Our Reporting

We take great pains to ensure that the articles, video and graphics you see on Credit.com are thoroughly reported and fact-checked. Each story is read by two separate editors, and we adhere to the highest editorial standards. We’re not perfect, however, and if you see something that you think is wrong, please email us at editorial team [at] credit [dot] com,

The Credit.com editorial team is committed to providing our readers and viewers with sound, well-reported and understandable information designed to inform and empower. We won’t tell you what to do. We will, however, do our best to explain the consequences of various actions, thereby arming you with the information you need to make decisions that are in your best interests. We also write about things relating to money and finance we think are interesting and want to share.

In addition to appearing on Credit.com, our articles are syndicated to dozens of other news sites. We have more than 100 partners, including MSN, ABC News, CBS News, Yahoo, Marketwatch, Scripps, Money Magazine and many others. This network operates similarly to the Associated Press or Reuters, except we focus almost exclusively on issues relating to personal finance. These are not advertorial or paid placements, rather we provide these articles to our partners in most cases for free. These relationships create more awareness of Credit.com in general and they result in more traffic to us as well.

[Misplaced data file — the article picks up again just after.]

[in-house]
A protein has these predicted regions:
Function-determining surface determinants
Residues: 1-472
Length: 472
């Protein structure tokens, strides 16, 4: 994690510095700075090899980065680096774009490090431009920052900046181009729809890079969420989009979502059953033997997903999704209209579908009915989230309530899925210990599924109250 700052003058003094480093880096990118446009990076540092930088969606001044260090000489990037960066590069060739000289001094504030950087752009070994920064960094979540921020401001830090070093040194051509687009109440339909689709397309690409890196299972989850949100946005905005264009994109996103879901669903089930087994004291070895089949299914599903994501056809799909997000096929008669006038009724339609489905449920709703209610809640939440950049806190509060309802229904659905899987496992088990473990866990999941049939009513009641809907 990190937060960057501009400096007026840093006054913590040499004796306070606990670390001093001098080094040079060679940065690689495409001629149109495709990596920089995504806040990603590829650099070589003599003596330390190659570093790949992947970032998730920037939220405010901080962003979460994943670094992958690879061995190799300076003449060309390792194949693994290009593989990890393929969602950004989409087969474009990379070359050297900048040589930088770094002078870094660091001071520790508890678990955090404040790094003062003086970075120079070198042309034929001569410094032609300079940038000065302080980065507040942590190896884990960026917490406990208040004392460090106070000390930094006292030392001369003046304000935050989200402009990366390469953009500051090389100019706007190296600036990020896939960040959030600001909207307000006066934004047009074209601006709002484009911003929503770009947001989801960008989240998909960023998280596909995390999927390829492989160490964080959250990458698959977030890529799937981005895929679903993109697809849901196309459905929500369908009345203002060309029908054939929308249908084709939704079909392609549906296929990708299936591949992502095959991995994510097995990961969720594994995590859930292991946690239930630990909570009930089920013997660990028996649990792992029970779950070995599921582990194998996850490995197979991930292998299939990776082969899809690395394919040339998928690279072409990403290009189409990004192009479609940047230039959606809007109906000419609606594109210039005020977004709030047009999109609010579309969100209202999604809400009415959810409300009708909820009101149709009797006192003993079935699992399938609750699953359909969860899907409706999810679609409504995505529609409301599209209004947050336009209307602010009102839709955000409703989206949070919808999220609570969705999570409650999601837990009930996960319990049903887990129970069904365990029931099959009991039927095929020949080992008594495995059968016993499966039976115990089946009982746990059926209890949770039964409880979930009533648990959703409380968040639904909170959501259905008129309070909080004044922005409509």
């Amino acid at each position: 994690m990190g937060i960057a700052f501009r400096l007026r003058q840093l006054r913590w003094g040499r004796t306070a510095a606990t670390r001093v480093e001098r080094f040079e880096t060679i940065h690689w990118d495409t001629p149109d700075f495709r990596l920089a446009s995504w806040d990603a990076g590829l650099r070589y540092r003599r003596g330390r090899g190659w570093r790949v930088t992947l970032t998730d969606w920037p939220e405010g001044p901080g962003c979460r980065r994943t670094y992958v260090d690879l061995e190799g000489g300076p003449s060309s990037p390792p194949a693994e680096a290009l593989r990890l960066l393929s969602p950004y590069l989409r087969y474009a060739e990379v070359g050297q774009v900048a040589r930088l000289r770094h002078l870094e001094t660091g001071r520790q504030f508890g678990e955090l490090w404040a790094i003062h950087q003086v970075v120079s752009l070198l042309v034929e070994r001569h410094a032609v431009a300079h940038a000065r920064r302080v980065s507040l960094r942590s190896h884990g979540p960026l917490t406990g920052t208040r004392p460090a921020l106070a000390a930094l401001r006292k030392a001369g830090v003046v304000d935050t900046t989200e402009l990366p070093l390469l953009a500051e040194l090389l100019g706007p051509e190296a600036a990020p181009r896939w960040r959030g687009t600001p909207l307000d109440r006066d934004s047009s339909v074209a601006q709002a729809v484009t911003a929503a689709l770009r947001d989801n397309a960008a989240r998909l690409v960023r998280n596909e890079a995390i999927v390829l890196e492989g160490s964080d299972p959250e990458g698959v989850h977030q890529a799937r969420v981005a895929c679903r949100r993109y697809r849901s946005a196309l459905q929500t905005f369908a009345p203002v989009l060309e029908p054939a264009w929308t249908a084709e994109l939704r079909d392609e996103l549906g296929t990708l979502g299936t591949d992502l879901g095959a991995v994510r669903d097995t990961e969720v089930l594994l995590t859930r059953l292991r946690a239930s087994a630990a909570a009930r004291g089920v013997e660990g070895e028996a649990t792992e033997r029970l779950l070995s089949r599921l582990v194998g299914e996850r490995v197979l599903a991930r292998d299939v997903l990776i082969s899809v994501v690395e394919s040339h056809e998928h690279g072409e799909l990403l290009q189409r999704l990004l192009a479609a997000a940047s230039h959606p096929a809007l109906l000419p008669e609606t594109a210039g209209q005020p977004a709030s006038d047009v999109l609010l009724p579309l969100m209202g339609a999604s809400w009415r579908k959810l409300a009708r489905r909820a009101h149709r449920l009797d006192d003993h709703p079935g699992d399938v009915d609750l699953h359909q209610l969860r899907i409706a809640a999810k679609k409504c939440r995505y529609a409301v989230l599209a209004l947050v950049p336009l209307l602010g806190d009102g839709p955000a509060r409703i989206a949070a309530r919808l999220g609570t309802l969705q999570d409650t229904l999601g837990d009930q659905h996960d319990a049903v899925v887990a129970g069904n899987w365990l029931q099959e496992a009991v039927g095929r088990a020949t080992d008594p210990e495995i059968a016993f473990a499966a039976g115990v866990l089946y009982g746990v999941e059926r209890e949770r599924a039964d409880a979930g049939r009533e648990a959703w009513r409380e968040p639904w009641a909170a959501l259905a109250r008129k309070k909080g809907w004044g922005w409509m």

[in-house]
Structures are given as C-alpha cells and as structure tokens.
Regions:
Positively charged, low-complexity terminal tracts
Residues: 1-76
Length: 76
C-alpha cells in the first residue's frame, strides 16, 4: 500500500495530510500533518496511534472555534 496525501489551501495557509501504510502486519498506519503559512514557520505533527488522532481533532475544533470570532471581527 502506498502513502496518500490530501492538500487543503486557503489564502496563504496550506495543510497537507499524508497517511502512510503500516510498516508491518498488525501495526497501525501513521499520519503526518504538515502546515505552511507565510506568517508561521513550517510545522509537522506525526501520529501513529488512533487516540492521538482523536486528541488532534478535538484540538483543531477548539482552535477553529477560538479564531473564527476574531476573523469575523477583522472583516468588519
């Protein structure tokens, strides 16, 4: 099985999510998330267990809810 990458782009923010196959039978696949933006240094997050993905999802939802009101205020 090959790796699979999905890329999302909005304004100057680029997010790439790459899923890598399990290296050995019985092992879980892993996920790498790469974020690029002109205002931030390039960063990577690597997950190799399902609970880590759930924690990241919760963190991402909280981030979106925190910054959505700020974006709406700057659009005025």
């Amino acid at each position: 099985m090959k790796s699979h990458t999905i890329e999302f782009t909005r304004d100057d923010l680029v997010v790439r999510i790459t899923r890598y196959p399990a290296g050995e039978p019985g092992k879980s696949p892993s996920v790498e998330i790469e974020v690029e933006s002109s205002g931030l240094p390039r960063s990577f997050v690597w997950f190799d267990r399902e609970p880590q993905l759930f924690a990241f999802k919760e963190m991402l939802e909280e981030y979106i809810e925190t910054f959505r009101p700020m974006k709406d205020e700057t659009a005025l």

Our Business Model

Credit.com’s journalism is largely supported by an e-commerce business model. Rather than rely on revenue from display ad impressions, Credit.com maintains a financial marketplace separate from its editorial pages. When someone navigates to those pages, and applies for a credit card, for example, Credit.com will get paid what is essentially a finder’s fee if that person ends up getting the card. That doesn’t mean, however, that our editorial decisions are informed by the products available in our marketplace. The editorial team chooses what to write about and how to write about it independently of the decisions and priorities of the business side of the company. In fact, we maintain a strict and important firewall between the editorial and business departments. Our mission as journalists is to serve the reader, not the advertiser. In that sense, we are no different from any other news organization that is supported by ad revenue.